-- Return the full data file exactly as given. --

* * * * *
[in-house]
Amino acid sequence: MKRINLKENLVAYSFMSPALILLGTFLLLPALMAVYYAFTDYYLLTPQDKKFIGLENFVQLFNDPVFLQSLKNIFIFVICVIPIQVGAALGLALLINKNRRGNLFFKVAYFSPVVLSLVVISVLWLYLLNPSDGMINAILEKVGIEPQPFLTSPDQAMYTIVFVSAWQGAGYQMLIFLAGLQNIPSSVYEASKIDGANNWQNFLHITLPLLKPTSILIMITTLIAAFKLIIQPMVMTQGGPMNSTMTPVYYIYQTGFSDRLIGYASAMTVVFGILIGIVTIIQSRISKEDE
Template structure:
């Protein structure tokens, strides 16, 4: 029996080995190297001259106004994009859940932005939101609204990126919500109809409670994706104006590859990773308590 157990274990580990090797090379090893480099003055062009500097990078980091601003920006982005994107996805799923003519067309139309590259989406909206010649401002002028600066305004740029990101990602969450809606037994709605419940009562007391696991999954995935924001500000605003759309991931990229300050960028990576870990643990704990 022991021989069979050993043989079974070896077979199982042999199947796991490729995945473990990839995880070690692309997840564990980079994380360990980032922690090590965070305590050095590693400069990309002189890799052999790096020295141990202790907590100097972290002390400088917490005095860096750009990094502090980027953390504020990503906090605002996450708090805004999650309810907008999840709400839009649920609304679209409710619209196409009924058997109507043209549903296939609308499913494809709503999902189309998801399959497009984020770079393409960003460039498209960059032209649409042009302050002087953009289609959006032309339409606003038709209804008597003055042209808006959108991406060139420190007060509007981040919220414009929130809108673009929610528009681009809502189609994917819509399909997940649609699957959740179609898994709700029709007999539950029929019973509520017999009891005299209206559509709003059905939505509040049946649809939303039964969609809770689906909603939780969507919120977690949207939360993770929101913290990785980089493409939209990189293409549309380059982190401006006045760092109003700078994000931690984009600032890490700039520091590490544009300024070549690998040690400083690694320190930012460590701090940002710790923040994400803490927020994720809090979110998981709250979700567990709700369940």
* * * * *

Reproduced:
[in-house]
Amino acid sequence: MKRINLKENLVAYSFMSPALILLGTFLLLPALMAVYYAFTDYYLLTPQDKKFIGLENFVQLFNDPVFLQSLKNIFIFVICVIPIQVGAALGLALLINKNRRGNLFFKVAYFSPVVLSLVVISVLWLYLLNPSDGMINAILEKVGIEPQPFLTSPDQAMYTIVFVSAWQGAGYQMLIFLAGLQNIPSSVYEASKIDGANNWQNFLHITLPLLKPTSILIMITTLIAAFKLIIQPMVMTQGGPMNSTMTPVYYIYQTGFSDRLIGYASAMTVVFGILIGIVTIIQSRISKEDE
Template structure:
């Protein structure tokens, strides 16, 4: 029996080995190297001259106004994009859940932005939101609204990126919500109809409670994706104006590859990773308590 157990274990580990090797090379090893480099003055062009500097990078980091601003920006982005994107996805799923003519067309139309590259989406909206010649401002002028600066305004740029990101990602969450809606037994709605419940009562007391696991999954995935924001500000605003759309991931990229300050960028990576870990643990704990 022991021989069979050993043989079974070896077979199982042999199947796991490729995945473990990839995880070690692309997840564990980079994380360990980032922690090590965070305590050095590693400069990309002189890799052999790096020295141990202790907590100097972290002390400088917490005095860096750009990094502090980027953390504020990503906090605002996450708090805004999650309810907008999840709400839009649920609304679209409710619209196409009924058997109507043209549903296939609308499913494809709503999902189309998801399959497009984020770079393409960003460039498209960059032209649409042009302050002087953009289609959006032309339409606003038709209804008597003055042209808006959108991406060139420190007060509007981040919220414009929130809108673009929610528009681009809502189609994917819509399909997940649609699957959740179609898994709700029709007999539950029929019973509520017999009891005299209206559509709003059905939505509040049946649809939303039964969609809770689906909603939780969507919120977690949207939360993770929101913290990785980089493409939209990189293409549309380059982190401006006045760092109003700078994000931690984009600032890490700039520091590490544009300024070549690998040690400083690694320190930012460590701090940002710790923040994400803490927020994720809090979110998981709250979700567990709700369940």